Transforming Integrated Palliative & End Of Life Care HEA4197
The module will provide clinicians with an overview of palliative and end of life care, background information, with the principles and practical skills for providing impeccable holistic assessment and excellent end of life care. This will include the principles of co-ordinating the care of those approaching the end of life, planning for their future care, dealing with uncertainty in the situation of acute illness (with uncertain recovery) in those with a poor prognosis, recognising and providing care for the dying in line with the Priorities for Care of the Dying (2014), the NICE Guidance for Care of the Dying Adult (2015 & 2017 update) and respecting patient choices when dying has been recognised.
The module will include a review of the development of palliative and end of life care, and cover the building blocks of symptom assessment and management, care planning, communication skills, ethics related to living the last months of life, spiritual assessment and care, bereavement care and future care planning.
This module can be studied standalone. For those undertaking the PGCert or MSc Integrated Palliative & End of Life Care this is the preferred, although not essential, first core module for setting the stage.
|Cost for new students:||£940 for 2023/24 academic year|
If you are an existing student who is undertaking this module as part of a programme, your module fee will have been advised to you by email. Any queries on fees to [email protected]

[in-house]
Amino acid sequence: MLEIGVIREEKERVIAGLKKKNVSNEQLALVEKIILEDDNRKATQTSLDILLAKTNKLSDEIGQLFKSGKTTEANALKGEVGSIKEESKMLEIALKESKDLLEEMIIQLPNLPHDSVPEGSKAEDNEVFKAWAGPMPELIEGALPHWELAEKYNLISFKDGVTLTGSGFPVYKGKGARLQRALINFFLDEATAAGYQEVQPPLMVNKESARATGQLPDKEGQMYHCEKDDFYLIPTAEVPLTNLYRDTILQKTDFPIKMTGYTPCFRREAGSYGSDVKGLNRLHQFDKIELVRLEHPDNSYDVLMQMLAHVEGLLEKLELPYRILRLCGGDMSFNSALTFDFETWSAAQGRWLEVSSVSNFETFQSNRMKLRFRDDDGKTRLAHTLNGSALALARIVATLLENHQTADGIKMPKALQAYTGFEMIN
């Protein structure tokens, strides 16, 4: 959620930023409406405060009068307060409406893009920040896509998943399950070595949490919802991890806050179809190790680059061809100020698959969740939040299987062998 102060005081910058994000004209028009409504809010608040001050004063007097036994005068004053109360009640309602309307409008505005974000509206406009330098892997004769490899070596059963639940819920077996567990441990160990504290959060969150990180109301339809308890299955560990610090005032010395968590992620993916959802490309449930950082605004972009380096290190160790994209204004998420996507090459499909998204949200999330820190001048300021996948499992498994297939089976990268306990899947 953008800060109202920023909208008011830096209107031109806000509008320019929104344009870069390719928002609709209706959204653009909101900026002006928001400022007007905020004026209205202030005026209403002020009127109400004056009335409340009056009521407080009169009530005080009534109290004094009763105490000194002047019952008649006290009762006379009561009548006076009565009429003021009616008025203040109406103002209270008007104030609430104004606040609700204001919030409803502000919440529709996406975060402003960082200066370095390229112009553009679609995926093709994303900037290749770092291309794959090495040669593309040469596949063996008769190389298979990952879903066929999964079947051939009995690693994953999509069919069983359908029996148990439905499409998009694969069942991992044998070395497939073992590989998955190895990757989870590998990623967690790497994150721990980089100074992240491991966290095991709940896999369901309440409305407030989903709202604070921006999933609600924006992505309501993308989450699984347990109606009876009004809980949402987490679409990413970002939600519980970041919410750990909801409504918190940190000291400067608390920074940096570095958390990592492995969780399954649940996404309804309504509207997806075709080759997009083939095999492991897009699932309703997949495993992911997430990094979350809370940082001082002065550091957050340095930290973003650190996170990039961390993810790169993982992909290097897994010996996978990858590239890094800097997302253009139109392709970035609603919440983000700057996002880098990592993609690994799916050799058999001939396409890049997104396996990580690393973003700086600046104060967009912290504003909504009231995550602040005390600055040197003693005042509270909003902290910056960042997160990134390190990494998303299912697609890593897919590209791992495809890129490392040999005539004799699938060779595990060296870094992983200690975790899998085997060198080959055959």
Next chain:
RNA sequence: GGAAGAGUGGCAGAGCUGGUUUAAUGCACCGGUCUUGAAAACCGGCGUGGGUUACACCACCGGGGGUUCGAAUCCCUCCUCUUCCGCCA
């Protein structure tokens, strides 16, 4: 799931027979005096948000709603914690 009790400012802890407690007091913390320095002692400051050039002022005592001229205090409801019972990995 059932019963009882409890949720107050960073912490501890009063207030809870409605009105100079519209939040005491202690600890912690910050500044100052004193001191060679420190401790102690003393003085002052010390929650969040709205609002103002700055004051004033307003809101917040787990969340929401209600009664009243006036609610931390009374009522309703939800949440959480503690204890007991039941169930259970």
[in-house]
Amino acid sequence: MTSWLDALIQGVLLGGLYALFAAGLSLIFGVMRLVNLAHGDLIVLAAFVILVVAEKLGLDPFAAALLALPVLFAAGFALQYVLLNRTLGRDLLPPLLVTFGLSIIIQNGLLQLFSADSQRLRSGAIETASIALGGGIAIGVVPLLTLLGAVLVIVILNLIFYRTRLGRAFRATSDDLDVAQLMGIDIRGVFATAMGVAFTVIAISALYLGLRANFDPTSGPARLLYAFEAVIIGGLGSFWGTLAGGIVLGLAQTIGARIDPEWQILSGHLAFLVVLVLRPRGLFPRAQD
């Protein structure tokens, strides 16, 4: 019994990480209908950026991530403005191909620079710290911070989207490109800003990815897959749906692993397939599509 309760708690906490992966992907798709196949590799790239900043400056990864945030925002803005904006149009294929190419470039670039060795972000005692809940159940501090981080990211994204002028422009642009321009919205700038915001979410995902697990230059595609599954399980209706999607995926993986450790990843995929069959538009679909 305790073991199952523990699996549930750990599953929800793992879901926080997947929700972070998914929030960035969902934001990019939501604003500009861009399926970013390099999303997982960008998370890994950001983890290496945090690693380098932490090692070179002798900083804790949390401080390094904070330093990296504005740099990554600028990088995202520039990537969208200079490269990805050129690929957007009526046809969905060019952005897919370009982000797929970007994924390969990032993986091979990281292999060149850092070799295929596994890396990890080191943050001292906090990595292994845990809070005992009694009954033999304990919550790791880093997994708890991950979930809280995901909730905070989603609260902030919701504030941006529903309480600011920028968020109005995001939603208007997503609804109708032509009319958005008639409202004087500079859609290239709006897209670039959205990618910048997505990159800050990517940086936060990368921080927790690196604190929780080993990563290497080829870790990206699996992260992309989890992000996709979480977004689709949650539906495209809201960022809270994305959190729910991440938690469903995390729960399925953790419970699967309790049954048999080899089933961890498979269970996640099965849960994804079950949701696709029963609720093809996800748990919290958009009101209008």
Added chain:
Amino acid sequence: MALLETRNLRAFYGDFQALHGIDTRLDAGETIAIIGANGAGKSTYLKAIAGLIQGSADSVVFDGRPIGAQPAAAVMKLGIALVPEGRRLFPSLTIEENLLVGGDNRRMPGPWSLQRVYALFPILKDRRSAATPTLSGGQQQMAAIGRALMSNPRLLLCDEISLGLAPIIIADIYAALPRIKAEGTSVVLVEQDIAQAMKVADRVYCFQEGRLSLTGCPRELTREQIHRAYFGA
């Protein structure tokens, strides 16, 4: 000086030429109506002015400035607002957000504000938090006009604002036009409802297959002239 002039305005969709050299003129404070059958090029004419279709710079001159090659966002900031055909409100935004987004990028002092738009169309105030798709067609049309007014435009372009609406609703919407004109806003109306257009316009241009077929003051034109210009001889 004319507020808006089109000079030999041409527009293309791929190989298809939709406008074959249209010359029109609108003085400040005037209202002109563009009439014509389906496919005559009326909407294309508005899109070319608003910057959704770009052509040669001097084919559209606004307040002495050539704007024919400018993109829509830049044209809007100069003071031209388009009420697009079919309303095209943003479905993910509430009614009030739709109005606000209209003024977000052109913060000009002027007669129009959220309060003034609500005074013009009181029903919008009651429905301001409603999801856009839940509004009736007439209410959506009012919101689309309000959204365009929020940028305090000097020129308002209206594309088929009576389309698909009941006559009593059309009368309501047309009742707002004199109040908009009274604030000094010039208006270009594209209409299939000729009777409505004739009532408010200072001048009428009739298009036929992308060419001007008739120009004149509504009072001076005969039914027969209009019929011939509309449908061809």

If your tuition fee is being paid by a sponsor or you are a sponsor paying a student’s fee, you are required to send a copy of a purchase order to [email protected].
For further guidance please visit: Sponsored students – Edge Hill University
Who is this module for?
This module is aimed at frontline clinicians, providing core level palliative care. It will be of particular interest to district nurses and general practitioners, hospital ward nurses and trainee/SAS doctors, all specialist nurses, hospice nurses and doctors, some allied health professionals dependent upon role including occupational therapists, physiotherapists, paramedics, pharmacists – all whose work encompasses interaction with those approaching the final months and end of life.
What are the key aims of the module?
This module aims to provide enhanced skills and knowledge for health and social care professional in equipping them to provide optimal palliative and end of life care for patients and those important to them, based upon the current evidence:-
• Understanding the signs, symptoms and impact of advanced progressive disease
• Recognising when individuals are approaching the end of life
• Discussing prognosis and involving the individual in shared decision-making about care
• Managing the transition to a positive palliative care approach
• Anticipating future needs and co-ordinating ongoing care,
with a framework based on the Ambitions for End of Life Care (2015).
How will I study?
Regular weekly face to face teaching including lectures, interactive workshops, group work and peer presentations. Regular weekly online activities in which students are expected to take part. Regular group tutorial time and each student is entitled to 1 hour of individual tutorial time. Individual study, reading and preparation for sessions. Hybrid learning is an educational approach where some individuals participate in-person and some participate synchronously online. The tutor delivers the session in the classroom and teaches to remote and in-person learners at the same time using virtual technology so all the students are taught together in ‘real time’. The course you are about to undertake uses a hybrid model. This means that some of the group may be online (Zoom) and some in person, for part or all of the module.
What will I study?